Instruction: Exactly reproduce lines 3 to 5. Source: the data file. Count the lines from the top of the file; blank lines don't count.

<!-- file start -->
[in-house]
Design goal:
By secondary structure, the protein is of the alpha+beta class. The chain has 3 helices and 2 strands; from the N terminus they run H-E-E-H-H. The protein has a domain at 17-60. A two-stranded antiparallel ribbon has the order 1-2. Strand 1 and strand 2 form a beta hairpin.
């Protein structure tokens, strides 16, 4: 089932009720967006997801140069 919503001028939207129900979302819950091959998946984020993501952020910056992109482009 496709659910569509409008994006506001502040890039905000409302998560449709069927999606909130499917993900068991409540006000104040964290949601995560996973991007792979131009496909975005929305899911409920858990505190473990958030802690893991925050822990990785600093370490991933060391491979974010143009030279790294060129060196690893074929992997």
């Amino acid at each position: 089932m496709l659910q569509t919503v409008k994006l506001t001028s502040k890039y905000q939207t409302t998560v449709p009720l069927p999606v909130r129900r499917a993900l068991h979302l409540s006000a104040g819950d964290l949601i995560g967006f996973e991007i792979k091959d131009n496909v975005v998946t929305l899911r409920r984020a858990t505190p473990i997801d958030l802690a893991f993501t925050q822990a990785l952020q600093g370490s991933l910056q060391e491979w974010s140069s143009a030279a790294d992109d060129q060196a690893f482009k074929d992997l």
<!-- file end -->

By secondary structure, the protein is of the alpha+beta class. The chain has 3 helices and 2 strands; from the N terminus they run H-E-E-H-H. The protein has a domain at 17-60. A two-stranded antiparallel ribbon has the order 1-2. Strand 1 and strand 2 form a beta hairpin.
């Protein structure tokens, strides 16, 4: 089932009720967006997801140069 919503001028939207129900979302819950091959998946984020993501952020910056992109482009 496709659910569509409008994006506001502040890039905000409302998560449709069927999606909130499917993900068991409540006000104040964290949601995560996973991007792979131009496909975005929305899911409920858990505190473990958030802690893991925050822990990785600093370490991933060391491979974010143009030279790294060129060196690893074929992997």
């Amino acid at each position: 089932m496709l659910q569509t919503v409008k994006l506001t001028s502040k890039y905000q939207t409302t998560v449709p009720l069927p999606v909130r129900r499917a993900l068991h979302l409540s006000a104040g819950d964290l949601i995560g967006f996973e991007i792979k091959d131009n496909v975005v998946t929305l899911r409920r984020a858990t505190p473990i997801d958030l802690a893991f993501t925050q822990a990785l952020q600093g370490s991933l910056q060391e491979w974010s140069s143009a030279a790294d992109d060129q060196a690893f482009k074929d992997l």